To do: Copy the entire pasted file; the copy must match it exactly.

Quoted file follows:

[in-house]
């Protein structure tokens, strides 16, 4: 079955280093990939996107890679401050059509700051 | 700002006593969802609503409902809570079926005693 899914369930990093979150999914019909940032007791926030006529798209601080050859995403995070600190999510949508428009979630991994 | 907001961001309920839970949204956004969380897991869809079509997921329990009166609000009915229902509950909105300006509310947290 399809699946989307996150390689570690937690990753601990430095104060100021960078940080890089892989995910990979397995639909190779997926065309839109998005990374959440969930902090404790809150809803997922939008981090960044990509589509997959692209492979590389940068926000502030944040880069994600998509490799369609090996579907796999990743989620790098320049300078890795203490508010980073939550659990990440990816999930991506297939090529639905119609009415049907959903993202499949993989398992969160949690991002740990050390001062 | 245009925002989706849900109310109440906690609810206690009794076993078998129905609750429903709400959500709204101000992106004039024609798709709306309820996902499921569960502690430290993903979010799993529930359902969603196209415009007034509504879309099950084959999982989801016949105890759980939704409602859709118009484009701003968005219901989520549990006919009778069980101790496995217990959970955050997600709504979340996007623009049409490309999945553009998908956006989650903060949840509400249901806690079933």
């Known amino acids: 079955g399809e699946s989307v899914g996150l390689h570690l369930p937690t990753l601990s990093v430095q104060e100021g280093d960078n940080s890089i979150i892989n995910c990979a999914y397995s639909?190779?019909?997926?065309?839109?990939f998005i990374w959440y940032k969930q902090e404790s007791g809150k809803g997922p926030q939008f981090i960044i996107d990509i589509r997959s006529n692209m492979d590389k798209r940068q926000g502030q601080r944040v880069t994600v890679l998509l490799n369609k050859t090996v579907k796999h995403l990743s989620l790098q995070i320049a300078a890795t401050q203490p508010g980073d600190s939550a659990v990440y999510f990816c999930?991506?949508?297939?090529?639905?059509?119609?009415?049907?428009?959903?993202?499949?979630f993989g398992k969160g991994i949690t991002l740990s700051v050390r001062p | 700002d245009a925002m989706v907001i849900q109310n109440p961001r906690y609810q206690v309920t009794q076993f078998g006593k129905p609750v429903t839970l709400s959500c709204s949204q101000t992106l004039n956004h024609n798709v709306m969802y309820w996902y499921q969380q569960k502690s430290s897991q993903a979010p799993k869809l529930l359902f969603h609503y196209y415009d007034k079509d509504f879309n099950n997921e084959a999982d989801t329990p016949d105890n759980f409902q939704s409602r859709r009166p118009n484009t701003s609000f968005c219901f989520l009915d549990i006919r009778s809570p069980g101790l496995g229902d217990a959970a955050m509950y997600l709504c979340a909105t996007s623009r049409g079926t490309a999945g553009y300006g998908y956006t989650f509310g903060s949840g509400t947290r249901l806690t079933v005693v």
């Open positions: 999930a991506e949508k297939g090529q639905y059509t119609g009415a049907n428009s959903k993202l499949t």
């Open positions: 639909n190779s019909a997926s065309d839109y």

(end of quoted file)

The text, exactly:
[in-house]
């Protein structure tokens, strides 16, 4: 079955280093990939996107890679401050059509700051 | 700002006593969802609503409902809570079926005693 899914369930990093979150999914019909940032007791926030006529798209601080050859995403995070600190999510949508428009979630991994 | 907001961001309920839970949204956004969380897991869809079509997921329990009166609000009915229902509950909105300006509310947290 399809699946989307996150390689570690937690990753601990430095104060100021960078940080890089892989995910990979397995639909190779997926065309839109998005990374959440969930902090404790809150809803997922939008981090960044990509589509997959692209492979590389940068926000502030944040880069994600998509490799369609090996579907796999990743989620790098320049300078890795203490508010980073939550659990990440990816999930991506297939090529639905119609009415049907959903993202499949993989398992969160949690991002740990050390001062 | 245009925002989706849900109310109440906690609810206690009794076993078998129905609750429903709400959500709204101000992106004039024609798709709306309820996902499921569960502690430290993903979010799993529930359902969603196209415009007034509504879309099950084959999982989801016949105890759980939704409602859709118009484009701003968005219901989520549990006919009778069980101790496995217990959970955050997600709504979340996007623009049409490309999945553009998908956006989650903060949840509400249901806690079933």
């Known amino acids: 079955g399809e699946s989307v899914g996150l390689h570690l369930p937690t990753l601990s990093v430095q104060e100021g280093d960078n940080s890089i979150i892989n995910c990979a999914y397995s639909?190779?019909?997926?065309?839109?990939f998005i990374w959440y940032k969930q902090e404790s007791g809150k809803g997922p926030q939008f981090i960044i996107d990509i589509r997959s006529n692209m492979d590389k798209r940068q926000g502030q601080r944040v880069t994600v890679l998509l490799n369609k050859t090996v579907k796999h995403l990743s989620l790098q995070i320049a300078a890795t401050q203490p508010g980073d600190s939550a659990v990440y999510f990816c999930?991506?949508?297939?090529?639905?059509?119609?009415?049907?428009?959903?993202?499949?979630f993989g398992k969160g991994i949690t991002l740990s700051v050390r001062p | 700002d245009a925002m989706v907001i849900q109310n109440p961001r906690y609810q206690v309920t009794q076993f078998g006593k129905p609750v429903t839970l709400s959500c709204s949204q101000t992106l004039n956004h024609n798709v709306m969802y309820w996902y499921q969380q569960k502690s430290s897991q993903a979010p799993k869809l529930l359902f969603h609503y196209y415009d007034k079509d509504f879309n099950n997921e084959a999982d989801t329990p016949d105890n759980f409902q939704s409602r859709r009166p118009n484009t701003s609000f968005c219901f989520l009915d549990i006919r009778s809570p069980g101790l496995g229902d217990a959970a955050m509950y997600l709504c979340a909105t996007s623009r049409g079926t490309a999945g553009y300006g998908y956006t989650f509310g903060s949840g509400t947290r249901l806690t079933v005693v």
């Open positions: 999930a991506e949508k297939g090529q639905y059509t119609g009415a049907n428009s959903k993202l499949t």
């Open positions: 639909n190779s019909a997926s065309d839109y």